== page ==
Zimbabwe's 2008 presidential election campaign is taking shape and generating heat as the three leading contenders sharpen their criticisms of each other.
President Mugabe has sought to define his principal challengers, independent Simba Makoni and main opposition leader Morgan Tsvangirai, as Western puppets. For their part they have taxed him with the destruction of the economy while simultaneously seeking each to position himself as Zimbabweans' best hope for salvation.
Mr. Mugabe in campaign appearances has blamed Zimbabwe’s economic distress on Western sanctions that target him and his inner circle but which he says have crippled the economy by cutting off access to multilateral lending. He has promised to get the country back on track while preserving the legacy of the 1970s liberation struggle.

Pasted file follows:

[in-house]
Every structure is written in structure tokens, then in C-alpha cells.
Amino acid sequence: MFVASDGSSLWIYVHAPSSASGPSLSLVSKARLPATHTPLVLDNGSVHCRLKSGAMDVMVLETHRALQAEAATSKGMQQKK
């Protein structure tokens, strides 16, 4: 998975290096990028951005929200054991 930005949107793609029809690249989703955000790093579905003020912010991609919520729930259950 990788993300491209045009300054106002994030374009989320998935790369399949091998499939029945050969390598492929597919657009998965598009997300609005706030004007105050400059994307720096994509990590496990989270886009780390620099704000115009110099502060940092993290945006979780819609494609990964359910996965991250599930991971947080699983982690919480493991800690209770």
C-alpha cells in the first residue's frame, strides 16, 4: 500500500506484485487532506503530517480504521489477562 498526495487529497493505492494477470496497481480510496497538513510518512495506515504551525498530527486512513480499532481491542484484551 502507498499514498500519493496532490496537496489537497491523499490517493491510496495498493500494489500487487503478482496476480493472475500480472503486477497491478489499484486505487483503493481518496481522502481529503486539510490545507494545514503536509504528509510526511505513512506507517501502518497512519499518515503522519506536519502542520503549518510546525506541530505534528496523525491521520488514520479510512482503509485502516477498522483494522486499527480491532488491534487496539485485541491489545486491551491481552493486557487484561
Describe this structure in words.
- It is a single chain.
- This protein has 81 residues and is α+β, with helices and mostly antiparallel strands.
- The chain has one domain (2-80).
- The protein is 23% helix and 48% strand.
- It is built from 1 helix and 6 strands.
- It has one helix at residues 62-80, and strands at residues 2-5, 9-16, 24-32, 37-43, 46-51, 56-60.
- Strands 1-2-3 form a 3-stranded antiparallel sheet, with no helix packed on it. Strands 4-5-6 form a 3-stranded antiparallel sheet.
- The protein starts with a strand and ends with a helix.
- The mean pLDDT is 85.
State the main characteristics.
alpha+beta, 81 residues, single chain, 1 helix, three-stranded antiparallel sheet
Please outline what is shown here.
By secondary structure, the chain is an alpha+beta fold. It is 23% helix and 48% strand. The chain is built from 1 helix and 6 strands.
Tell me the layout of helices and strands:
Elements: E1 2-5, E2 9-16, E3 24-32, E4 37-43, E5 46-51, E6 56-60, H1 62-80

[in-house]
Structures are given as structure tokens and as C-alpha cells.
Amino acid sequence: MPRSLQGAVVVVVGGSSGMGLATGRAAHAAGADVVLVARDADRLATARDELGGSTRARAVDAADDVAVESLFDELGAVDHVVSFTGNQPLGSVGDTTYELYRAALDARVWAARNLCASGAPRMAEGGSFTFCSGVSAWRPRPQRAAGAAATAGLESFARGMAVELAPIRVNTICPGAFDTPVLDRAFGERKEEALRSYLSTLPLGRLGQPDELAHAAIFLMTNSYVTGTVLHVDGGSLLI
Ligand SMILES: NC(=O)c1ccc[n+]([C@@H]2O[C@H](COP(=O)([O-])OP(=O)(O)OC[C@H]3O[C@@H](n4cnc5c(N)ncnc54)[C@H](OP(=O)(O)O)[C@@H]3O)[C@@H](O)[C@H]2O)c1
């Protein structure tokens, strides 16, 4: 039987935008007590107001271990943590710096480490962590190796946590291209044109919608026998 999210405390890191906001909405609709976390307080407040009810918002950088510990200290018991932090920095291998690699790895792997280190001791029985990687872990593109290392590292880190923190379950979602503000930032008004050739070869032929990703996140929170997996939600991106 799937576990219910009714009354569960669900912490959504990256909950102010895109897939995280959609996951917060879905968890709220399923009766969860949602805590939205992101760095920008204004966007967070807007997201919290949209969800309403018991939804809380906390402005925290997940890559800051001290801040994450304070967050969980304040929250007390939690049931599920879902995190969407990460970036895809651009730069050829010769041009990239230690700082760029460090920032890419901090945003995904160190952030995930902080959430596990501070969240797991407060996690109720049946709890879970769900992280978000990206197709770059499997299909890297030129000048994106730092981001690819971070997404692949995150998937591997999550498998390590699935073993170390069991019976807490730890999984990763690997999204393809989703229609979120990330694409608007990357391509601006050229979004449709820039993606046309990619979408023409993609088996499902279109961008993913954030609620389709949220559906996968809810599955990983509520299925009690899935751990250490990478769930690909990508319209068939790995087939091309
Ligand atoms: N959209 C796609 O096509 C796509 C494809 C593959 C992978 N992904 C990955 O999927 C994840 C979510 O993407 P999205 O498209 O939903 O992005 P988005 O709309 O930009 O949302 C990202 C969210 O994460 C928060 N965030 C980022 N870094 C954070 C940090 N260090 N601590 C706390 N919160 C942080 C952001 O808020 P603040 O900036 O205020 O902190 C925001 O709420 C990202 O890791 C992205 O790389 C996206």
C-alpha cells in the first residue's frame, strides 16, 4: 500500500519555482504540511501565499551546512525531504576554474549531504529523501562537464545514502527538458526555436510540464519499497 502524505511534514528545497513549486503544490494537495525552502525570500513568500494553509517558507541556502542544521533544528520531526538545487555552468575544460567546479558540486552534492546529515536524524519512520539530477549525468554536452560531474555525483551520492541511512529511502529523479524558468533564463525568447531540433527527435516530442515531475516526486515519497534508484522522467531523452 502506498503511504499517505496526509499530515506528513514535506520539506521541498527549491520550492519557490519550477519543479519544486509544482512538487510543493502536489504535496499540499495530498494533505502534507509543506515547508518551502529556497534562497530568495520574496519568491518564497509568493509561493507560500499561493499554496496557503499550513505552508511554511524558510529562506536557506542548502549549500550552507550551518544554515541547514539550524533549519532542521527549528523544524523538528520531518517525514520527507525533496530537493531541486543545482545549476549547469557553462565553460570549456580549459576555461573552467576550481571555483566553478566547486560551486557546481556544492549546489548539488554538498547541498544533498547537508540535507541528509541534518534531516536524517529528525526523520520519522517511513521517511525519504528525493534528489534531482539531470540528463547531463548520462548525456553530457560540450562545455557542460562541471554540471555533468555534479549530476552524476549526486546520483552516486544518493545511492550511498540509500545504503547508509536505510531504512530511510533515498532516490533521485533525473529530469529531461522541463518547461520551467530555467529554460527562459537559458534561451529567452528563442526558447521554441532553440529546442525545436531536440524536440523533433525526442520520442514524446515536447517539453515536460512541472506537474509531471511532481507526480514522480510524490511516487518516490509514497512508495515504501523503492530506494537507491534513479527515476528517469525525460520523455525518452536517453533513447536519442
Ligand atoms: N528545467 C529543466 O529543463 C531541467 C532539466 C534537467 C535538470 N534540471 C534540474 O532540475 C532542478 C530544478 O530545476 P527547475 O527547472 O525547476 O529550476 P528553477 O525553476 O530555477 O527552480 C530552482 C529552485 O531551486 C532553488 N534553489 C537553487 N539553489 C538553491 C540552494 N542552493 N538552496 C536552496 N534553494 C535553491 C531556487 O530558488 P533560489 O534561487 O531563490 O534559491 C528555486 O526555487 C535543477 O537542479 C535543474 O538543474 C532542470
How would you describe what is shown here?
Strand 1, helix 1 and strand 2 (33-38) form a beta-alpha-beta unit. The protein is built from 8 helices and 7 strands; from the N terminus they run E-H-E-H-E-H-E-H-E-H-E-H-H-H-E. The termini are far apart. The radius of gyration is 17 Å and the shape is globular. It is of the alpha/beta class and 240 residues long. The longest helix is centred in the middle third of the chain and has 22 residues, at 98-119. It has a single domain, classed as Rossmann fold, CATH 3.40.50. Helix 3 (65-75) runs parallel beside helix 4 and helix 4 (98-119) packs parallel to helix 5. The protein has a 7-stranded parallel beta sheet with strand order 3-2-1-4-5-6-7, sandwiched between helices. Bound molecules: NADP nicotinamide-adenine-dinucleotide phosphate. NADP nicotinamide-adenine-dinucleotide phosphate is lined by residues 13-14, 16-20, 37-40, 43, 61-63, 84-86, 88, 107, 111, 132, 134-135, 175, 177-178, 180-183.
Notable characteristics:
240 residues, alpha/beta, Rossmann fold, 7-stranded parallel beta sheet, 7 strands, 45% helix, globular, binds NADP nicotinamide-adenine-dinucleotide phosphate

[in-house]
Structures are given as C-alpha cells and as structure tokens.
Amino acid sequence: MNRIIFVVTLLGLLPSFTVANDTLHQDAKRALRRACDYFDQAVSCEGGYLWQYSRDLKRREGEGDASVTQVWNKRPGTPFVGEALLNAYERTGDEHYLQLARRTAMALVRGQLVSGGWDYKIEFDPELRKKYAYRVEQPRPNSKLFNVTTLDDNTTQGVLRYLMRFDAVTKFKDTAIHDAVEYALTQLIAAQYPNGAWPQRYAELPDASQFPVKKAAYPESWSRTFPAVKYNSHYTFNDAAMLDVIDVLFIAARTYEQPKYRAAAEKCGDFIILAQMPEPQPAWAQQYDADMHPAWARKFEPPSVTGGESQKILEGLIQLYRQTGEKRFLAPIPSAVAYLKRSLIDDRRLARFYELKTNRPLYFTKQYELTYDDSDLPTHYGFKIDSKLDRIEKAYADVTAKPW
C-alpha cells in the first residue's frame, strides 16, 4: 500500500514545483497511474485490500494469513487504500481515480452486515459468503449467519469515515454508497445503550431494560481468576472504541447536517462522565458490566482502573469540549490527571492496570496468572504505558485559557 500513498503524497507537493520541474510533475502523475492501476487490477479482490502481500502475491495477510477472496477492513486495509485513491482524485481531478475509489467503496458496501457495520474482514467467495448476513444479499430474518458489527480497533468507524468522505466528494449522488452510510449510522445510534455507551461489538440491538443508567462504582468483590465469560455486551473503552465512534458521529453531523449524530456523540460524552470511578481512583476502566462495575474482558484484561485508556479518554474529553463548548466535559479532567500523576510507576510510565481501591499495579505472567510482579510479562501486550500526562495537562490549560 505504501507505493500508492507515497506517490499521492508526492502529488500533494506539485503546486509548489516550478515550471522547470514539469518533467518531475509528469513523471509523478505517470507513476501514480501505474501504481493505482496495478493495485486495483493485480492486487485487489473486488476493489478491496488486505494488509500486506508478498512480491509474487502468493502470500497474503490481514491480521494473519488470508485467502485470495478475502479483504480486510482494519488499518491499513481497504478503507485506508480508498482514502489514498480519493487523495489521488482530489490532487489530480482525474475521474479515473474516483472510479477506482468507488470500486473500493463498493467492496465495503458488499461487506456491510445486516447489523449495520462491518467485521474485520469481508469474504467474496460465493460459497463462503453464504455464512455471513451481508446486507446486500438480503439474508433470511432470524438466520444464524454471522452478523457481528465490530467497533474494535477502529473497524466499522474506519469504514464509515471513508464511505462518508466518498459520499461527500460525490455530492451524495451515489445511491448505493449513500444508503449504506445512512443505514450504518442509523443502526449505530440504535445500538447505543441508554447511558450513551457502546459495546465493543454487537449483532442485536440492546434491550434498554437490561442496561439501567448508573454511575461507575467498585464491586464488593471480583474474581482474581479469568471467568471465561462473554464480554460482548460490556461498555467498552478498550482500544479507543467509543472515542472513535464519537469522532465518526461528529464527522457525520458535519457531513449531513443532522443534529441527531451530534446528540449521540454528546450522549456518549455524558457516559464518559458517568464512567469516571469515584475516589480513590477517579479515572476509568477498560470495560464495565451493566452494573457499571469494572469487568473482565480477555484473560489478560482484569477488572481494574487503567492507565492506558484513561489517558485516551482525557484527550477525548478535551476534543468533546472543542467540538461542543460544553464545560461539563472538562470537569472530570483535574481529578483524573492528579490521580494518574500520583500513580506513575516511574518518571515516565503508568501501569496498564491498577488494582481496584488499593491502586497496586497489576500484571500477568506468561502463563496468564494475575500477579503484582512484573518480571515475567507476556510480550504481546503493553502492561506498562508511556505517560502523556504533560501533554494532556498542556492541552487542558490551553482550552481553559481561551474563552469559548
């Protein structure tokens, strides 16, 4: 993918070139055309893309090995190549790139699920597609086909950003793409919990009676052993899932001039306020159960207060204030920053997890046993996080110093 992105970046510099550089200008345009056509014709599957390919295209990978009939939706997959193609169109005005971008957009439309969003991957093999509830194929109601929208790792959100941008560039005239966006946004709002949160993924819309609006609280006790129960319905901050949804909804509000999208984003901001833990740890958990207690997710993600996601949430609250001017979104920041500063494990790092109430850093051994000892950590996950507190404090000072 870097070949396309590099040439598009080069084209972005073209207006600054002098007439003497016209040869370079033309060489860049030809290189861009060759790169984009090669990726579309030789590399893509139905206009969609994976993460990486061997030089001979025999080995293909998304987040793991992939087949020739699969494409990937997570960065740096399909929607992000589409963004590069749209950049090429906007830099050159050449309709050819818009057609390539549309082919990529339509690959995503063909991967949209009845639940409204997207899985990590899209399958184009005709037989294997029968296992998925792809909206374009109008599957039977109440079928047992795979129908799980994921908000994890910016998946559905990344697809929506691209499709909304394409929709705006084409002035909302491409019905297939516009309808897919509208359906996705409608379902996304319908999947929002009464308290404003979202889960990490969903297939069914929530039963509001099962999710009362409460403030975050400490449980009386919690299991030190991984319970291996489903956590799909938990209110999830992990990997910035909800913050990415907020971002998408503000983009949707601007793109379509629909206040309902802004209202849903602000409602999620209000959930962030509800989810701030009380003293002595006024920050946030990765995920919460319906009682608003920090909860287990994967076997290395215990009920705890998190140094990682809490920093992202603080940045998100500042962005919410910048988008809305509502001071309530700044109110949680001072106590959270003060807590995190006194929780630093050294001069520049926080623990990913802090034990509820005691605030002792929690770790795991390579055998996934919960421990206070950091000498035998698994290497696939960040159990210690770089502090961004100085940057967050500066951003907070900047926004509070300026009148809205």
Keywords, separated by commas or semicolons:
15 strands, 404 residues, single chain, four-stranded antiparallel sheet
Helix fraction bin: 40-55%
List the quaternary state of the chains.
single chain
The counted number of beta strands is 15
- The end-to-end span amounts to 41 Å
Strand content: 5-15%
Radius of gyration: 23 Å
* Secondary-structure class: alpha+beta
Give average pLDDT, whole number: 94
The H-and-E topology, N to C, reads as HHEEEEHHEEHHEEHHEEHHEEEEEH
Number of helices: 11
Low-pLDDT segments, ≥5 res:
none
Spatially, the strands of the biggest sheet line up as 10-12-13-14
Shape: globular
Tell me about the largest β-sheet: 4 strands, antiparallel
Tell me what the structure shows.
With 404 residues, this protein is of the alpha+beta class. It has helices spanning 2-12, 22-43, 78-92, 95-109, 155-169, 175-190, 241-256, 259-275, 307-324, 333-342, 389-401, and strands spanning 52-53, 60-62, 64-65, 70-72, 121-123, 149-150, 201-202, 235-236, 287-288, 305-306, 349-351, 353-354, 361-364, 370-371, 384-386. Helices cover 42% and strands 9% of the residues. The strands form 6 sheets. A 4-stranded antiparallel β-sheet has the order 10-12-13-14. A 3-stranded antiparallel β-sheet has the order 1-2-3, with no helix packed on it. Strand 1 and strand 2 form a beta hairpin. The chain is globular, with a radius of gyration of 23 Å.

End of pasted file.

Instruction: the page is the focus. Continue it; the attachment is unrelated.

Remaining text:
Makoni has drawn heavy fire from Mr. Mugabe and the ruling ZANU-PF party since breaking away Feb. 5 in announcing his candidacy for the top job in what most saw as a direct challenge to President Mugabe's leadership of the party.
Mr. Mugabe has called Makoni, a former finance minister and executive secretary of the Southern African Development Community, a political "prostitute."
Makoni in turn has sharpened his criticism of Mr. Mugabe, calling him a “liar” on land reform and promising to reform ZANU-PF if he is elected. He has sought to position himself as a moderate technocrat who can break the nation's ideological gridlock.
Opposition leader Tsvangirai has challenged Makoni’s credentials as a reformer and questioned whether indeed it is possible to reform the ruling party at all. Makoni, he says, served in the ZANU-PF politburo "while our economy was destroyed, while a quarter of our population...fled. He stood by and said nothing."
Tsvangirai presents himself as the only authentic opposition candidate, one whom the Zimbabwean people can trust to save the nation from its precipitous decline.
Political analyst Peter Kangwanja, director of the democracy and governance research program of South Africa's Human Sciences Research Council, told reporter Blessing Zulu of VOA's Studio 7 for Zimbabwe that the race is now heating up.